District manufacturing activity picked up further on balance during the reporting period of early April through the end of May. Conditions continued to improve for manufacturers of semiconductors and other information technology products, with balanced inventories and high levels of capacity utilization noted. An extensive order backlog generally held production rates at a steady pace for makers of commercial aircraft and parts, although new orders continued to be limited. Capacity utilization remained at very low levels for companies in the metal fabrication and wood product sectors, but further modest improvement in demand was reported. Food manufacturers witnessed continued growth in new orders and sales with high levels of capacity utilization.
Agriculture and Resource-related Industries
Demand stayed solid for agricultural producers but was mixed for extractors of natural resources used for energy production. Sales held largely steady for a variety of crop and livestock products, and reports from agricultural contacts indicated little change in input costs. Oil extraction activity decreased somewhat in recent weeks as the price of oil declined. Meanwhile, despite high levels of inventory, extraction of natural gas increased modestly as demand showed signs of firming.
Real Estate and Construction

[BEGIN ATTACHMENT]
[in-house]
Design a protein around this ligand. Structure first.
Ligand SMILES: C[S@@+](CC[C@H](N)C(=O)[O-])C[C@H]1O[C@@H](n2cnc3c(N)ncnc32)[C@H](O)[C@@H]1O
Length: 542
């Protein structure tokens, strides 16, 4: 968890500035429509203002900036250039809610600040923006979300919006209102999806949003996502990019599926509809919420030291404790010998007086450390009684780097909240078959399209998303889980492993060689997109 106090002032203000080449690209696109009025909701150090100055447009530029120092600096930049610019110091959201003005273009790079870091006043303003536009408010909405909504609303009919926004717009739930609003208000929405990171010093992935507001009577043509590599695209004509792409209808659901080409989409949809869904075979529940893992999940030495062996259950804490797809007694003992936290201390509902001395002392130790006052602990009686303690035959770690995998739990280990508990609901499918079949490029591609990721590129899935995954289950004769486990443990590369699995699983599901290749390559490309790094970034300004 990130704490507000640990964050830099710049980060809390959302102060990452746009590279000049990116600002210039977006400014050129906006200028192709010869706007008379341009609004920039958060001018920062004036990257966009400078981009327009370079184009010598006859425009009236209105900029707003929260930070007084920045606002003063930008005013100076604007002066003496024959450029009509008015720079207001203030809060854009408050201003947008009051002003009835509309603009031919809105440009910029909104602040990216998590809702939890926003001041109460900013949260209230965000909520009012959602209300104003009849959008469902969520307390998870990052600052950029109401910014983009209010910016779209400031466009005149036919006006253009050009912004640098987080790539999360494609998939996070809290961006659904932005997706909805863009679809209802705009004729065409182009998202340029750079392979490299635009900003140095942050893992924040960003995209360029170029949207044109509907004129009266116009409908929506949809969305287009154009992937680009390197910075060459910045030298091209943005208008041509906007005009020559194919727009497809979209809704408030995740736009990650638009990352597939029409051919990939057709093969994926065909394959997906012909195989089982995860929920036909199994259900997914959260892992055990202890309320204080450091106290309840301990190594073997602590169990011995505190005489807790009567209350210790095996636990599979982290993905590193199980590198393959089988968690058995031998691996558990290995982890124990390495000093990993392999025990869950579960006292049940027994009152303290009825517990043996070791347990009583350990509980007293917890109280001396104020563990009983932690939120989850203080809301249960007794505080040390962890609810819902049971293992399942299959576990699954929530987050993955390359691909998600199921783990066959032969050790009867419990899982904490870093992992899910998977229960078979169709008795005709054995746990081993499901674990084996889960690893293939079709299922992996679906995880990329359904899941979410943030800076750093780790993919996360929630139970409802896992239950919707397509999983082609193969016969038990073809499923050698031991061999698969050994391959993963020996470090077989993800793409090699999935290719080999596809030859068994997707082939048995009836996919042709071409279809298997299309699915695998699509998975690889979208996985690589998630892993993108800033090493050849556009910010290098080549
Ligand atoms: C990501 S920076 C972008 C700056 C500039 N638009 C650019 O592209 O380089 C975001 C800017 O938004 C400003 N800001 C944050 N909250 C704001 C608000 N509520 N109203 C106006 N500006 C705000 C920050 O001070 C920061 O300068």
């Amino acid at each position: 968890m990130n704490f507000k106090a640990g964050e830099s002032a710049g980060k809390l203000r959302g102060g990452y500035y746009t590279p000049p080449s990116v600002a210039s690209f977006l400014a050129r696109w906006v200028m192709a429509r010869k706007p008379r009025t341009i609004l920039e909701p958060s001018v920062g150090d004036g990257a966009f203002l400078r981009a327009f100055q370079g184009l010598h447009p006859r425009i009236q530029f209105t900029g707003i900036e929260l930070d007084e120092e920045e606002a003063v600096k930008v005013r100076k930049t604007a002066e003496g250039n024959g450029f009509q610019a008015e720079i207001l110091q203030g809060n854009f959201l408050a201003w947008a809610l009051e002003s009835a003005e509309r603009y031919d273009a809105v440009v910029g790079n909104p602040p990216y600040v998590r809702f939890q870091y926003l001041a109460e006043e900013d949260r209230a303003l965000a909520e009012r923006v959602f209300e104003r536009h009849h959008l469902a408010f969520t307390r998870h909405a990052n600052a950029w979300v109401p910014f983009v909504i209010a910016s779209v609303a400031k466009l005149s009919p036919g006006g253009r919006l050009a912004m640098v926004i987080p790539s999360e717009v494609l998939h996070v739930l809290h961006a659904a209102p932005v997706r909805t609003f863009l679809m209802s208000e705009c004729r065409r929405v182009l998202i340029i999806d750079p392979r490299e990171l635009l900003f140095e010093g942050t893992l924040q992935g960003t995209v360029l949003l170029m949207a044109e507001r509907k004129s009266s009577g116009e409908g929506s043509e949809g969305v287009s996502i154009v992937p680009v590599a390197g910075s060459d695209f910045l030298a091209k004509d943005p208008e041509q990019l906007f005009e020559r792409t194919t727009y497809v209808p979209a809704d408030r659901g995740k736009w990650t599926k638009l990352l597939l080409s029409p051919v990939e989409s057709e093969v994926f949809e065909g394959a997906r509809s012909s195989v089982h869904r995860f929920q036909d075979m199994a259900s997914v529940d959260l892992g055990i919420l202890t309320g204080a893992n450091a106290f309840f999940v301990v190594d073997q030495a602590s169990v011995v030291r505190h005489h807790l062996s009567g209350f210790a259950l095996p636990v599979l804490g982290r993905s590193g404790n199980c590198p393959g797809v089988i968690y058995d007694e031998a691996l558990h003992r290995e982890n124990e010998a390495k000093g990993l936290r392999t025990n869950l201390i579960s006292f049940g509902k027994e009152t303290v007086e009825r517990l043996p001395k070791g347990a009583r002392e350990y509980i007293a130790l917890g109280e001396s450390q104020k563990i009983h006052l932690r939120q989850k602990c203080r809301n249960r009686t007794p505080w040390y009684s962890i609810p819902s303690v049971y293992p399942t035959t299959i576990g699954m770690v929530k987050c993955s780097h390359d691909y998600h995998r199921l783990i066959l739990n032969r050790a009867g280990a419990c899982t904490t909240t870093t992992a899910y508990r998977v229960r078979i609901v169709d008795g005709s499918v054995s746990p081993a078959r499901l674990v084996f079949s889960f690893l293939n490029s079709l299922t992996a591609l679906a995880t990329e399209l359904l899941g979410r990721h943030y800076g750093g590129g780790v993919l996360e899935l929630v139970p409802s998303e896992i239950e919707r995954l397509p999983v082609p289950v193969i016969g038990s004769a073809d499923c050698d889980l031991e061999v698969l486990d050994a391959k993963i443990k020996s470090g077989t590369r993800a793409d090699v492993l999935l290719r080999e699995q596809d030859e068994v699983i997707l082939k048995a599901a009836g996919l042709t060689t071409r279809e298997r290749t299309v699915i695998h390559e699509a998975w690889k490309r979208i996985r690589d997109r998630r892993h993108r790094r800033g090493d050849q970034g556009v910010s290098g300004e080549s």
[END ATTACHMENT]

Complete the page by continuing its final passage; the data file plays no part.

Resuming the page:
Demand for housing in the District appeared to be little changed from the previous period, while demand for commercial real estate deteriorated a bit further. Home prices continued to edge up in some parts of the District, and although the pace of home sales remained mixed across areas, it appeared largely stable on net. However, contacts continued to note that the limited availability of nonconforming "jumbo" loans has restricted sales of higher-priced homes in some areas. Scattered reports pointed to some modest improvements in residential construction, most notably in the repair and remodel sector. Conditions worsened somewhat further in commercial real estate markets, with vacancy rates for office and industrial space edging up in many parts of the District. However, contacts reported continued improvements in leasing activity for some market segments of the District as tenants seek to secure favorable terms.
Reports from District banking contacts indicated that loan demand was largely stable or slightly up compared with previous reporting periods. Businesses' cautious attitudes towards capital spending continued to restrain commercial and industrial loan volumes; however, reports indicated a pickup in loan demand coming from selected businesses that are planning to replace worn or outdated equipment and software. Demand for consumer loans remained weak on net. Lending standards continued to be relatively restrictive for consumer and business lending, although reports suggested that credit quality may be stabilizing. Going forward, continued modest improvement in commercial and industrial loan demand seems likely; overall, respondents expect capital spending in equipment and software to increase further in the second half of 2010, although capital spending in structures is anticipated to remain lackluster.